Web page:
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Retrograde Planets


Good writing about retrogrades can be scarce, so we'll give a short primer: Retrogrades have to do with the angular aspect between a planet and the sun, as viewed from the earth. When planets reach a precise number of degrees away from the sun (consult your ephemeris), they go retrograde. When they reach the same angle again, they go direct. So all sun - planet oppositions are retrograde. For that matter, all oppositions (except those of the moon) involve one planet retrograde, one direct. (Other aspects are just as interesting.) The further the distance in miles a planet is from the sun, the more its retrograde is a generational affair. How much of a generation are we talking about? Did you know that every Aquarian born between 1900 and 1985 had a retrograde Pluto and almost as many people born in April have a retrograde Neptune? So for an outer planet retrograde to be personal, it seems to us that it must be either in aspect to the sun, or angular in the chart. We could go on, have a look at the books while we think about it:


See books on Mercury retrograde on the Mercury page.


UNDERSTANDING RETROGRADES - Helen J. Adams (aka Garrett), $14.95
Contents:

Understanding retrogrades

Mercury retrograde: Interpreting Mercury retrograde, Progressed Mercury retrograde, Interpretation memos, Transiting Mercury retrograde, Mercury retrograde in health

Venus retrograde: Interpreting Venus retrograde, Progressed Venus retrograde, Transiting Venus retrograde, Venus retrograde in health

Mars retrograde: Interpreting Mars retrograde, Progressed Mars retrograde, Transiting Mars retrograde, Mars retrograde in health

Jupiter retrograde: Interpreting Jupiter retrograde, Progressed Jupiter retrograde, Transiting Jupiter retrograde, Jupiter retrograde in health

Saturn retrograde: Interpreting Saturn retrograde, Progressed Saturn retrograde, Transiting Saturn retrograde, Saturn retrograde in health

Uranus retrograde: Interpreting Uranus retrograde, Progressed Uranus retrograde, Transiting Uranus retrograde, Uranus retrograde in health

Neptune retrograde: Interpreting Neptune retrograde, Progressed Neptune retrograde, Transiting Neptune retrograde, Neptune retrograde in health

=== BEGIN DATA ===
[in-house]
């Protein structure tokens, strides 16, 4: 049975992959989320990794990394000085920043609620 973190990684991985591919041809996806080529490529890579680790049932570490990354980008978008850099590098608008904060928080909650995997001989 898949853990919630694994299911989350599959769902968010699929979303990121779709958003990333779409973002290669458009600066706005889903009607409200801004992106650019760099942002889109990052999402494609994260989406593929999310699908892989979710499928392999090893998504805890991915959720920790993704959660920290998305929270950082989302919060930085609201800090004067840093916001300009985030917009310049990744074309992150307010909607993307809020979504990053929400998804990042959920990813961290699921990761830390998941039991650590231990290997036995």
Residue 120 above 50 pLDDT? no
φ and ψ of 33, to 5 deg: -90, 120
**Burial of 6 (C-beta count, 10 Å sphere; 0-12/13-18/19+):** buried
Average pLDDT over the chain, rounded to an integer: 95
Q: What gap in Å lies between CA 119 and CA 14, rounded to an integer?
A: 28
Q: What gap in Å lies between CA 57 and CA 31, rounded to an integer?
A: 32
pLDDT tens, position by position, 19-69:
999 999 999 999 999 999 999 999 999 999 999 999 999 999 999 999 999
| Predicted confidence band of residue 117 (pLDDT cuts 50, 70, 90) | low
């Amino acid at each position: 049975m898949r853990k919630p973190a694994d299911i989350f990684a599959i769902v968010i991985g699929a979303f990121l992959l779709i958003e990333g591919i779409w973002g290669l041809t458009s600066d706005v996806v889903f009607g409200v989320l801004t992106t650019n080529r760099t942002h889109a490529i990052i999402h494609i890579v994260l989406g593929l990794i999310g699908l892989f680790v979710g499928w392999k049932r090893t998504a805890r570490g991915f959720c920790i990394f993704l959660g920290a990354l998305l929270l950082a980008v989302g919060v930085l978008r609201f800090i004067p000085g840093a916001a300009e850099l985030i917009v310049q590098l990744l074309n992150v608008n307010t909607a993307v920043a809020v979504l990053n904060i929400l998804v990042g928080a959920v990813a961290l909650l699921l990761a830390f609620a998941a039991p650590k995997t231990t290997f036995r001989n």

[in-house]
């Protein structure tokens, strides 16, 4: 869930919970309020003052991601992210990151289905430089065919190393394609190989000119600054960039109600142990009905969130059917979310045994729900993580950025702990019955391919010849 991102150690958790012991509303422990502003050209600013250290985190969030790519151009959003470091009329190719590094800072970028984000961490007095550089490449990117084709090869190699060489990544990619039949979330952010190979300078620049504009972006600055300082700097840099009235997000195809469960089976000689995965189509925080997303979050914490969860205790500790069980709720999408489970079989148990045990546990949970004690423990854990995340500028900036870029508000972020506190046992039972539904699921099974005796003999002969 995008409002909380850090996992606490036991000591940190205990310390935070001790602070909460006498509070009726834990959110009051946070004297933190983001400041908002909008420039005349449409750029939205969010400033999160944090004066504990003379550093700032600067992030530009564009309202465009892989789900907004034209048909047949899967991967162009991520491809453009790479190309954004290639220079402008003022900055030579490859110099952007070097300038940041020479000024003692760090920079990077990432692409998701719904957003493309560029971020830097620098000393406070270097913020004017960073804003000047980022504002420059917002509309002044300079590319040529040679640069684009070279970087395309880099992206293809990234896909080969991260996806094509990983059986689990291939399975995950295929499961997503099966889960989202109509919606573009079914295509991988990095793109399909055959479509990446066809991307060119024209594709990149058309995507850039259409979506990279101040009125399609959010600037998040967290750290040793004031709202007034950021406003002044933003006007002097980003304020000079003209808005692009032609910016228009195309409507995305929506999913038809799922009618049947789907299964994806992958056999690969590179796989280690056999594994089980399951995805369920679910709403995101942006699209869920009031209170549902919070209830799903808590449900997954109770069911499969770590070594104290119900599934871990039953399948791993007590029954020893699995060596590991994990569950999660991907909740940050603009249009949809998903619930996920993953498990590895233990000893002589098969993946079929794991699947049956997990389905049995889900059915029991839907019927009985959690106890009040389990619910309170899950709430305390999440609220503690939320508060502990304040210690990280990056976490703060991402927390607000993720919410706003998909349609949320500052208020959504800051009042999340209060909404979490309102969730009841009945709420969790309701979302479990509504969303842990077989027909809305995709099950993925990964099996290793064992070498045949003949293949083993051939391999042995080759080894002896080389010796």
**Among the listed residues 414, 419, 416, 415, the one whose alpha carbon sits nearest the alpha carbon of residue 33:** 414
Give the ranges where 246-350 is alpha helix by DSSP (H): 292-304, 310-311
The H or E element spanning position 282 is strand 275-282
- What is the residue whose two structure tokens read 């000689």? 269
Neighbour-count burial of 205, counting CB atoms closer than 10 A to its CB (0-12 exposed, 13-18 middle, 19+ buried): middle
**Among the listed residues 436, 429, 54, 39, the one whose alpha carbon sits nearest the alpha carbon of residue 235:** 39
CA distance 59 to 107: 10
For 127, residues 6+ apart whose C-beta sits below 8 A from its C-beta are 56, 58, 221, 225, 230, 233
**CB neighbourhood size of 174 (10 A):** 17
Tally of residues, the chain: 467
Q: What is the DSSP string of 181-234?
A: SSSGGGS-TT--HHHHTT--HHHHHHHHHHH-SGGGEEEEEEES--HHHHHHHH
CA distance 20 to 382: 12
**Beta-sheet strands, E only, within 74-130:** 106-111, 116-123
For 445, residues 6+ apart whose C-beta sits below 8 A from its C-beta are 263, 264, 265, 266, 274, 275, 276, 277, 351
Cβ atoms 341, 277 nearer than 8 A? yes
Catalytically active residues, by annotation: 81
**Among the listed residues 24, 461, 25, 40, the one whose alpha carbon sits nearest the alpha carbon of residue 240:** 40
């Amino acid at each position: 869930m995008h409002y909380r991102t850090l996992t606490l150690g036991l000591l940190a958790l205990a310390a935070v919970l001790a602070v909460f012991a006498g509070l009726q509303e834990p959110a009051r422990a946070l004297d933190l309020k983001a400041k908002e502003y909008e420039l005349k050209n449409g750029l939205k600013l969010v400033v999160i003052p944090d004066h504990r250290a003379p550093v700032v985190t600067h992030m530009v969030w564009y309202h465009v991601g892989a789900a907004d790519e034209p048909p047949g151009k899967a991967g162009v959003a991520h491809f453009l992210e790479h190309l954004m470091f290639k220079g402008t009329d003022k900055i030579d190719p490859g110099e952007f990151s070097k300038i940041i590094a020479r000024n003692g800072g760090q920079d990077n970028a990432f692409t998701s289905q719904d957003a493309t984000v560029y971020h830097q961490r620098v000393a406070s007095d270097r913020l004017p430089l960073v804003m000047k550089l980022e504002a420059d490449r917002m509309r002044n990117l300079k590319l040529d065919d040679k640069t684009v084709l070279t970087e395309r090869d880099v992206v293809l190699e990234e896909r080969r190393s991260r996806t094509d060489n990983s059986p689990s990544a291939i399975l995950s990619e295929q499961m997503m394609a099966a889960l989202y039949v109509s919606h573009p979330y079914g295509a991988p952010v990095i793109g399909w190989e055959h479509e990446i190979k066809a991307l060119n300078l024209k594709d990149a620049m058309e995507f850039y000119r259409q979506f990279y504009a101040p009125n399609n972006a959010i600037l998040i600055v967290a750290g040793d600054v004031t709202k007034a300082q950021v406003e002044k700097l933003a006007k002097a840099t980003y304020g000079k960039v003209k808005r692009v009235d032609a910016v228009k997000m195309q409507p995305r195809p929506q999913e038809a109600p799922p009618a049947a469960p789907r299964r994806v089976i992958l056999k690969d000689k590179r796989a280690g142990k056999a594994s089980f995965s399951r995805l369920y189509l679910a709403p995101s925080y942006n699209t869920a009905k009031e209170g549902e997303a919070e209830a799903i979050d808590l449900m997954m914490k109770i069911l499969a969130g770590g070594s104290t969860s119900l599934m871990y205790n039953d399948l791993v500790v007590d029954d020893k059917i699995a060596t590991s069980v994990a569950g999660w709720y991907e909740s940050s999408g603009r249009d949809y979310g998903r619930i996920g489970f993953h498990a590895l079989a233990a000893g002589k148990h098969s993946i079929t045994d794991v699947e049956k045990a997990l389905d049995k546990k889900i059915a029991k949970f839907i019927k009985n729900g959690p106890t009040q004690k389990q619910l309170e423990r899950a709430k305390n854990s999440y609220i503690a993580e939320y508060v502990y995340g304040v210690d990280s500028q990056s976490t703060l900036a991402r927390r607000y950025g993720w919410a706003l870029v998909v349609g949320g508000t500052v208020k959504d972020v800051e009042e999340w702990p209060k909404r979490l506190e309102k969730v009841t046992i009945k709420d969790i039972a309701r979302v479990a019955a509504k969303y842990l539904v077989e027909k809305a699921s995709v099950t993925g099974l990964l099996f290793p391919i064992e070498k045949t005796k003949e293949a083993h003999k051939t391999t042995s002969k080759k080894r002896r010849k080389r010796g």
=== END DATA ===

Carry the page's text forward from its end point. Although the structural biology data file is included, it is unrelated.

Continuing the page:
Pluto retrograde: Interpreting Pluto retrograde, Progressed Pluto retrograde, Transiting Pluto retrograde, Pluto retrograde in health

Additional observations: Aspects of retrograde planets, Retrogrades in health, House cusps.

Comment: Garrett has studied the mechanics of retrogrades. She notes, for example, that Mercury retrograde picks up at the same place in the zodiac as the Mercury retrograde some ten months before, she discovers the 96 year Venus retrograde cycle (by sign), aspects formed by retrograde planets, transiting & progressed retrogrades, the number of houses a retrograde is from the sun, retrogrades in health & more. Notably free of the karmic retribution stuff (as found in Martin Schulman, for example). One of the best books on retrogrades, with excellent tables & diagrams.

AFA, 93 pages.


MORE ABOUT RETROGRADES - Helen Adams Garrett, $12.95
Contents:

What are retrogrades
Interpreting retrograde planets
Health & retrograde planets
Progressed & transiting retrograde planets

Comment: Contrasts the geocentric (ephemeris) sign position of retrograde Mercury, Venus & Mars with their possible heliocentric positions, a useful new slant on retrogrades. Skips that for the outer planets, where she contrasts the advancing & receding aspects between retrograde planets & the sun, eg, Sun trine Saturn as Saturn goes into retrograde, then the Sun - Saturn trine as Saturn is about to go direct. These two books on retrogrades by Helen Adams are useful & include things we've long wished for in books about retrogrades. Concludes with health & retrograde planets, retrograde planets by progression & transit. Stuff you won't find elsewhere.

AFA, 75 pages.


RETROGRADE PLANETS Transversing the Inner Landscape - Erin Sullivan, $24.95

Contents:

Acknowledgments
Quotable quotes
Introduction

Part 1: Retrogression, how it works:
1. The mechanics of retrogression
2. The Sun & natal retrograde planets
3. Secondary progression of planets

Part 2: The inferior planets retrograde natally & in transit:
4. Mercury, god of retrogression
5. Venus, dual goddess

Part 3: The superior planets retrograde in the natal chart:
6. The cycle of superior planets (including retrograde syndromes)
7. Natal Mars retrograde
8. Natal Jupiter retrograde
9. Natal Saturn retrograde
10. The trans-Saturnian planets
11. Natal Uranus retrograde
12. Natal Neptune retrograde
13. Natal Pluto retrograde
14. A natal case history: Oscar
15. A mundane case history: Syphilis

Part 4: The superior planets retrograde in transit:
16. Overview
17. Transiting Mars retrograde
18. Transiting Jupiter retrograde
19. Transiting Saturn retrograde
20. Transits of the trans-Saturnian planets